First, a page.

Mónica Castillo (Mexico, b. 1951)  Plato de Zapata / Zapata’s Dish  (detail). 1987. Oil on canvas. 23 3/4 x 48 in. Nicholas Ingram Collection. Photo by Blue Fire courtesy of Teresa Eckmann.

Mónica Castillo (Mexico, b. 1951) Plato de Zapata / Zapata’s Dish (detail). 1987. Oil on canvas. 23 3/4 x 48 in. Nicholas Ingram Collection. Photo by Blue Fire courtesy of Teresa Eckmann.

 

JUN. 28 – NOV. 9, 2014

 

Neomexicanism

MOLAA is proud to present Neomexicanism, an exhibition about a critical tendency in Mexican figurative painting of the 1980s. This groundbreaking exhibition, drawn primarily from the MOLAA Permanent Collection, brings to light a period of art production disenchanted with fixed identities and critical of the official image of Mexicanidad promoted by the state. 

Neo-Mexicanism, literally “new Mexicanism” is a critical tendency in Mexican figurative painting of the 1980s. Departing from the cultural movement of the 1930s known as Mexicanism—an attempt to unify the country after the Mexican Revolution—Neo-Mexicanism deconstructs tired and fabricated identities including set gender roles and the exported facade of political and cultural stability in Mexico. At closer glance, Neo-Mexicanism’s folklorish veil is subversive; artists undermine popular icons and transcend nationalist imagery to convey a message of disillusionment in figurative painting and self-portraiture.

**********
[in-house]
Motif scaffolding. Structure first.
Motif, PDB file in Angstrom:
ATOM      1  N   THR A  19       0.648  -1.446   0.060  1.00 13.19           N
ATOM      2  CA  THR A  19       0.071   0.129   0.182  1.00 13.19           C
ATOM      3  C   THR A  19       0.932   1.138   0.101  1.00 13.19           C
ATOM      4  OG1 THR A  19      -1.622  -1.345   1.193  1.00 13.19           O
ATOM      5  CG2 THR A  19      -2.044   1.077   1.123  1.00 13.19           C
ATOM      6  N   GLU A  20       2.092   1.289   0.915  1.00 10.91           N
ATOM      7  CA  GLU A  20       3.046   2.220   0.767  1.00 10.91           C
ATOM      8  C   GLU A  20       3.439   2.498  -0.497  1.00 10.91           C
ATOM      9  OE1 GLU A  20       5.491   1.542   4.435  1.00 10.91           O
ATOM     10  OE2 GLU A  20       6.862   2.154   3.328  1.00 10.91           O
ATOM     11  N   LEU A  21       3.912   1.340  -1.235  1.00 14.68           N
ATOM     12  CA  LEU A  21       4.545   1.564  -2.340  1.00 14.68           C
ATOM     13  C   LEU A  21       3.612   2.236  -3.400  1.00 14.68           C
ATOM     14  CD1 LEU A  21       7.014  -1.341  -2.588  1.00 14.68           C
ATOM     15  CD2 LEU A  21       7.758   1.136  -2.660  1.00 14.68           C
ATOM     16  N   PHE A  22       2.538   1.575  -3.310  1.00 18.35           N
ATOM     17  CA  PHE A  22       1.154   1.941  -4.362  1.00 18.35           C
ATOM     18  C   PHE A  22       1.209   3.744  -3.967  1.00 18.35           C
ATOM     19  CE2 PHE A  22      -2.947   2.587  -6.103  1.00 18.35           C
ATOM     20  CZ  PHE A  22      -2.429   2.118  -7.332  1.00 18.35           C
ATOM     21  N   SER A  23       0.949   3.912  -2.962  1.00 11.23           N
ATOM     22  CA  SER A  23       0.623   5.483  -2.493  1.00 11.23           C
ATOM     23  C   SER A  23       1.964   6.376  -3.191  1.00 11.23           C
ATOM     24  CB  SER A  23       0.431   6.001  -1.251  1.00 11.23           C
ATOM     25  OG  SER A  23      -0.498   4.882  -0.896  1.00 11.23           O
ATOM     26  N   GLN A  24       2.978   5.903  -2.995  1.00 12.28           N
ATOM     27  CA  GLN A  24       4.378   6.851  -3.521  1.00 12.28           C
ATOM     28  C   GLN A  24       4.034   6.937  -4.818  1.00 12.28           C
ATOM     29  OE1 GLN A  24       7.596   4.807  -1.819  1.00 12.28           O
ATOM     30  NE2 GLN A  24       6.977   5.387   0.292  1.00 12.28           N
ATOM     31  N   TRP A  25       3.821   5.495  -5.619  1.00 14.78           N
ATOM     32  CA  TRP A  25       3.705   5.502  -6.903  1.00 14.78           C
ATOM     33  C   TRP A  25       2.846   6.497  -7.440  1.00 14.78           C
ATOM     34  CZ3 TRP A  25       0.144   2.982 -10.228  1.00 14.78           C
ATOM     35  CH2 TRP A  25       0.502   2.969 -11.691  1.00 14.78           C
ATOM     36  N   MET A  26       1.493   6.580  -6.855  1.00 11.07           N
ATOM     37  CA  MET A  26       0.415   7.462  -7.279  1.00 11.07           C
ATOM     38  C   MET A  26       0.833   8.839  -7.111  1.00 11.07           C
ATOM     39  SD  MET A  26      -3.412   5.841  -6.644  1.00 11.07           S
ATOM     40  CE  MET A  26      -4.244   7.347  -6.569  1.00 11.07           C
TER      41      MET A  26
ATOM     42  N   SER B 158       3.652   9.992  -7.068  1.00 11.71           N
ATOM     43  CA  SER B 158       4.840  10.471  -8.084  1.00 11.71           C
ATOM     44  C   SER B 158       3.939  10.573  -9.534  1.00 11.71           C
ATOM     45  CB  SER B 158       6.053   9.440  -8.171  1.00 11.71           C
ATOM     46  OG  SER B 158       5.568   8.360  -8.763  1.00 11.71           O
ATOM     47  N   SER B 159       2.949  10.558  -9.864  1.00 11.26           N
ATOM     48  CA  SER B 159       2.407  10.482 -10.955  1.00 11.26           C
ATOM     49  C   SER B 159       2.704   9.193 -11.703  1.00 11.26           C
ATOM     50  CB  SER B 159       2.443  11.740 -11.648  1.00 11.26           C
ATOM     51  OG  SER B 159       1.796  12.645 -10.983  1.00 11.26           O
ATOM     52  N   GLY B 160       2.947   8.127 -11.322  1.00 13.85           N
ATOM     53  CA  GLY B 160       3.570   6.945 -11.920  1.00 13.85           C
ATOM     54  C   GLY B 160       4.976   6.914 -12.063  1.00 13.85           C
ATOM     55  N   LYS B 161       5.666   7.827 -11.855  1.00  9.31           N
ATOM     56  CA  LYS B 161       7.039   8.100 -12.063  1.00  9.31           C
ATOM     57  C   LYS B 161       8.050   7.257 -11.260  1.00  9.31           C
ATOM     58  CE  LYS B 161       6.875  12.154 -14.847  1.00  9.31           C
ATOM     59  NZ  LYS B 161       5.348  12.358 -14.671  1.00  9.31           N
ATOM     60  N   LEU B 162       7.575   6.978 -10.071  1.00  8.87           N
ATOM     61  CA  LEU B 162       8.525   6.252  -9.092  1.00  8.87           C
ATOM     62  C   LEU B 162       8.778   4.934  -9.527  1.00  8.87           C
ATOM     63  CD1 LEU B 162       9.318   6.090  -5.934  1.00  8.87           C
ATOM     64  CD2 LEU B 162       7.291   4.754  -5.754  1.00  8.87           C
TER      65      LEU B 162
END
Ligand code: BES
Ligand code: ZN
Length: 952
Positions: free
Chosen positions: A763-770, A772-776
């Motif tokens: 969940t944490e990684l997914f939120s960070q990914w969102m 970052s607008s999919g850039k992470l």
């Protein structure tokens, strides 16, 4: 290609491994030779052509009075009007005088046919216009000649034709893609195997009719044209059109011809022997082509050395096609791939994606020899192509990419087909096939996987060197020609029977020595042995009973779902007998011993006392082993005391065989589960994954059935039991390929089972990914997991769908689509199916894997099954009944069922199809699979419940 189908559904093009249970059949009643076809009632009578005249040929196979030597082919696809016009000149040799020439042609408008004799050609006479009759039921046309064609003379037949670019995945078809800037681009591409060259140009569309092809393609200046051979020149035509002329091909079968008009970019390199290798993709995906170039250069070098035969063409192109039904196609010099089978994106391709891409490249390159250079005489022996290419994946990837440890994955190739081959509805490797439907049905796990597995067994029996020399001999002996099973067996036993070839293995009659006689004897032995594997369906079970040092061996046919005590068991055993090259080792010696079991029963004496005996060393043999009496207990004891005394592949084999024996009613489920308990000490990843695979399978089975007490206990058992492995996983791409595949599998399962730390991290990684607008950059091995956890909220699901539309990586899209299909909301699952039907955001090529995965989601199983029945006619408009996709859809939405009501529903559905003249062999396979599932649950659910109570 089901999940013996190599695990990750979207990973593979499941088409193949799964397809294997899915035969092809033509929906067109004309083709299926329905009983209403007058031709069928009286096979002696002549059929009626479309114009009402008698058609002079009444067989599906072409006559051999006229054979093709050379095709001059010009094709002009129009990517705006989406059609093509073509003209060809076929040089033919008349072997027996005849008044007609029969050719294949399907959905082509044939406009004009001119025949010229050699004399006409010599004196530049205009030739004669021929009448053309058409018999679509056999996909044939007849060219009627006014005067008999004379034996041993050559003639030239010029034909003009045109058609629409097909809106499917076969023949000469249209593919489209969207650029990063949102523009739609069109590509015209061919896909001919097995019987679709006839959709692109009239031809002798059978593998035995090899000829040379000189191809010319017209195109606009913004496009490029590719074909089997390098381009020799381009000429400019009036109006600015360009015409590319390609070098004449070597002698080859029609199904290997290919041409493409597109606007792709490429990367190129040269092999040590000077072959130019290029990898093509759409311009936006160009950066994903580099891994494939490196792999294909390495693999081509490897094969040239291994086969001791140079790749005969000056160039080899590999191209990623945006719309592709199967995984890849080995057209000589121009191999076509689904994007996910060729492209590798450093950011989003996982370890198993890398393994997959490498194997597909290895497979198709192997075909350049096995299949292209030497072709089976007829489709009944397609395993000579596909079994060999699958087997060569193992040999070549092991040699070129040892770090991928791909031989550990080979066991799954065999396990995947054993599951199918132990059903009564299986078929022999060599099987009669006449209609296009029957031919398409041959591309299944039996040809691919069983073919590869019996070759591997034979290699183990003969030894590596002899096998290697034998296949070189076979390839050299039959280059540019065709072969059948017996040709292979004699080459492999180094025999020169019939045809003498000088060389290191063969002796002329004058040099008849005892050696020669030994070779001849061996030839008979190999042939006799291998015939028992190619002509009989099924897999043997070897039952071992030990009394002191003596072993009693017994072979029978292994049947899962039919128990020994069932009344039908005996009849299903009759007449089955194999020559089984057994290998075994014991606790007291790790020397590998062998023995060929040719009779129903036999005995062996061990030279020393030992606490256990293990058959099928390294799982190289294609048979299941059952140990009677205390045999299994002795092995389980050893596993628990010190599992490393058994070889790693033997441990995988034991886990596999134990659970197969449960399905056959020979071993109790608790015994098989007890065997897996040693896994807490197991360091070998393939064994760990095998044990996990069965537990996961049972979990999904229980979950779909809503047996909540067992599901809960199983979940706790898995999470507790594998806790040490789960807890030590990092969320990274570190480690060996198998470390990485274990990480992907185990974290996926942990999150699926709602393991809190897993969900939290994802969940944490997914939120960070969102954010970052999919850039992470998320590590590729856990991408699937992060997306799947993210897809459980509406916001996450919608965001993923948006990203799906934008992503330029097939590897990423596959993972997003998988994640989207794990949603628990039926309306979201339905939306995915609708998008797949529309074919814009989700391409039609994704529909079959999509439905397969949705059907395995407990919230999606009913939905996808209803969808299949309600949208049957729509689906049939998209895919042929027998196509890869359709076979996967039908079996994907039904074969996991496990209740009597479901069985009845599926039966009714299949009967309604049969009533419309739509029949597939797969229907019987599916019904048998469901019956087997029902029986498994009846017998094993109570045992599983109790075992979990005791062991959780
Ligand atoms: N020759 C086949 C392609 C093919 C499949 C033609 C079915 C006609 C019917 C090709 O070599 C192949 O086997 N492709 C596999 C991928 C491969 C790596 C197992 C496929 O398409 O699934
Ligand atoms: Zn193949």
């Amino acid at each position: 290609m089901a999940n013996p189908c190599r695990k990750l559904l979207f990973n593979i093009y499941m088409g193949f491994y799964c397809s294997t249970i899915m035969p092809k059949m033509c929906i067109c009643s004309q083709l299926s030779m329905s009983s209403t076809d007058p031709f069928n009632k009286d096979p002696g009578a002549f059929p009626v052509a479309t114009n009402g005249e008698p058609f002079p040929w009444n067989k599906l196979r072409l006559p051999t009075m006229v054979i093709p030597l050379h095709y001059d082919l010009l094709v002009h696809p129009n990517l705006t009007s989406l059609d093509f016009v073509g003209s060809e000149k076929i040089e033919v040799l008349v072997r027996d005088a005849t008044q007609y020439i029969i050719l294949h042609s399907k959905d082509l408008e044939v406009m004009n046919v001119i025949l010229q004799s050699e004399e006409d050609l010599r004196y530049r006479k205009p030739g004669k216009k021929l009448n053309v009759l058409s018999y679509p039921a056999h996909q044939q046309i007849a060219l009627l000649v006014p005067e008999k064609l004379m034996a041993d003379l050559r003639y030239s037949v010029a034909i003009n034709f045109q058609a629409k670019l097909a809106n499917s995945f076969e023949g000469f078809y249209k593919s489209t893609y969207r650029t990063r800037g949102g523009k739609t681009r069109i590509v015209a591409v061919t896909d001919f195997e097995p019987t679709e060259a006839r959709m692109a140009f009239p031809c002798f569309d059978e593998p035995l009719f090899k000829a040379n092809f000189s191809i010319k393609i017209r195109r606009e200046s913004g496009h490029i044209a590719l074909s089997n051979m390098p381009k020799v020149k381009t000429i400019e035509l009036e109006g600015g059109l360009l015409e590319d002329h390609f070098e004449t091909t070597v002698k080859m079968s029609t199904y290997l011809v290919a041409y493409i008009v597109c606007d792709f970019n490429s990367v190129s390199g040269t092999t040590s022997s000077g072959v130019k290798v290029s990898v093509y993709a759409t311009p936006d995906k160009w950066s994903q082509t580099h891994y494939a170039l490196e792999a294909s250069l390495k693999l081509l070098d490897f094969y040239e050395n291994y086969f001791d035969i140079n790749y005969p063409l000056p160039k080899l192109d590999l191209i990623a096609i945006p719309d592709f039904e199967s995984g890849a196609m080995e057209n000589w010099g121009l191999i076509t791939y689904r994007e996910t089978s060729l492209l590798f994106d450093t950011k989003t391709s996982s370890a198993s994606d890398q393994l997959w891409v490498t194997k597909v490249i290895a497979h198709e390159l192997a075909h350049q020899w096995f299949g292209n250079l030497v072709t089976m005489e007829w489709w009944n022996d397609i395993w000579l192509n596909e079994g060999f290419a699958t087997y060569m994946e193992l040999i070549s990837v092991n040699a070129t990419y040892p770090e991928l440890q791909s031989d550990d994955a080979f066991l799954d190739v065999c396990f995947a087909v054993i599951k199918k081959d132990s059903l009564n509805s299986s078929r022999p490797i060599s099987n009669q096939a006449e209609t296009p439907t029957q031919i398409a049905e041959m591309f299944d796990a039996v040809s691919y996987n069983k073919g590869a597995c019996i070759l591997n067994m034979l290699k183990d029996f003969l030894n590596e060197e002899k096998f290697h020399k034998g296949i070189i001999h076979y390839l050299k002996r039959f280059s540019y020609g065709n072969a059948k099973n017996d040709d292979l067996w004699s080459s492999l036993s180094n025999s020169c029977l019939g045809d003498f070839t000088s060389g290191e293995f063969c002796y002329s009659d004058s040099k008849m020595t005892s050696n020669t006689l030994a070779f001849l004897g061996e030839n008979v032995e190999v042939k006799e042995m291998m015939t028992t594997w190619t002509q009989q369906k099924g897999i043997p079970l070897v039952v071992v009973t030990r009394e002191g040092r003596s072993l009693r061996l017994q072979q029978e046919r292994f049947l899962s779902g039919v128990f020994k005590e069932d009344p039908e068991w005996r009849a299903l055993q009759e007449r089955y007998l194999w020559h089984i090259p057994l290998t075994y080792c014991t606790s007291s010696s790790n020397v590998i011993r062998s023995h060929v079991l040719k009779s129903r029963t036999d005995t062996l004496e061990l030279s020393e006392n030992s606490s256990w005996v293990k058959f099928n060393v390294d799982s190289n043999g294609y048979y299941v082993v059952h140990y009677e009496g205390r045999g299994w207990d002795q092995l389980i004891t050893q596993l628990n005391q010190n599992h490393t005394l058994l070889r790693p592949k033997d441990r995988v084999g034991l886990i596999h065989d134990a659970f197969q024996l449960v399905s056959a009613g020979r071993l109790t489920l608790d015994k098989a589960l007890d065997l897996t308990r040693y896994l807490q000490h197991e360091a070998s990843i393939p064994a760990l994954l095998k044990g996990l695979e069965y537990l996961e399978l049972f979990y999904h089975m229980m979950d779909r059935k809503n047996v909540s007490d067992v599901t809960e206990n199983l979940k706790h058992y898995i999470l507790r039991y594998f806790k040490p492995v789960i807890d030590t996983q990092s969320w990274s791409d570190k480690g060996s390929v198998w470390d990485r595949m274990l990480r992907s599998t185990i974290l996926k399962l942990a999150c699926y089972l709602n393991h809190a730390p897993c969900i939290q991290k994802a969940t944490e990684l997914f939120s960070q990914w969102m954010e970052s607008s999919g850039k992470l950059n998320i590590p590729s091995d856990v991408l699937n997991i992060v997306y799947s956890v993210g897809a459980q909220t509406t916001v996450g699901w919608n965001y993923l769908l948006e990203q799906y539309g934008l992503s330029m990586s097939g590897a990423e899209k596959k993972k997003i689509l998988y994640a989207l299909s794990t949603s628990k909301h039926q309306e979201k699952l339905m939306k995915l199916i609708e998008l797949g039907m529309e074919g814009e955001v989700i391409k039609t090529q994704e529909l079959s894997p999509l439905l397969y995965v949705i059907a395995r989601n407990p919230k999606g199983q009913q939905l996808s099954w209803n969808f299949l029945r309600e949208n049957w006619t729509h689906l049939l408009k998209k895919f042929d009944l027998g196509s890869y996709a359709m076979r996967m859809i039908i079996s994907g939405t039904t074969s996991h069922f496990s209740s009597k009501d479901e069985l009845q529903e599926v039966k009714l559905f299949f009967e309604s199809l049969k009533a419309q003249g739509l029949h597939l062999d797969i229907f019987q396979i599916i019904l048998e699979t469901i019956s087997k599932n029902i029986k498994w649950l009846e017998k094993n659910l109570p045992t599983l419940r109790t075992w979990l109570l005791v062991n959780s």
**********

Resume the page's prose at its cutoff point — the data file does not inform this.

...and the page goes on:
New research by art historian Dr. Teresa Eckmann and recent museum exhibitions in San Antonio, Texas and Mexico City have brought to light this irreverent period of Mexican painting disenchanted with fixed identities and critical of the official image of Mexico. Drawn primarily from MOLAA’s Permanent Collection, with additional works on loan from the collection of Nicholas Ingram, the exhibition presents Neo-Mexicanist works collected from the 1980s to the present.

Key Neo-Mexicanist artists Mónica Castillo, Julio Galán, and Nahum B. Zenil are showcased here alongside precursors David Alfaro Siqueiros, Francisco Zúñiga and other artists working after the 1980s who share the aesthetic and thematic currents of Neo-Mexicanism. 

 

Edward Hayes Jr., Assistant Curator

MOLAA would like to acknowledge generous loans from the collection of Nicholas Ingram.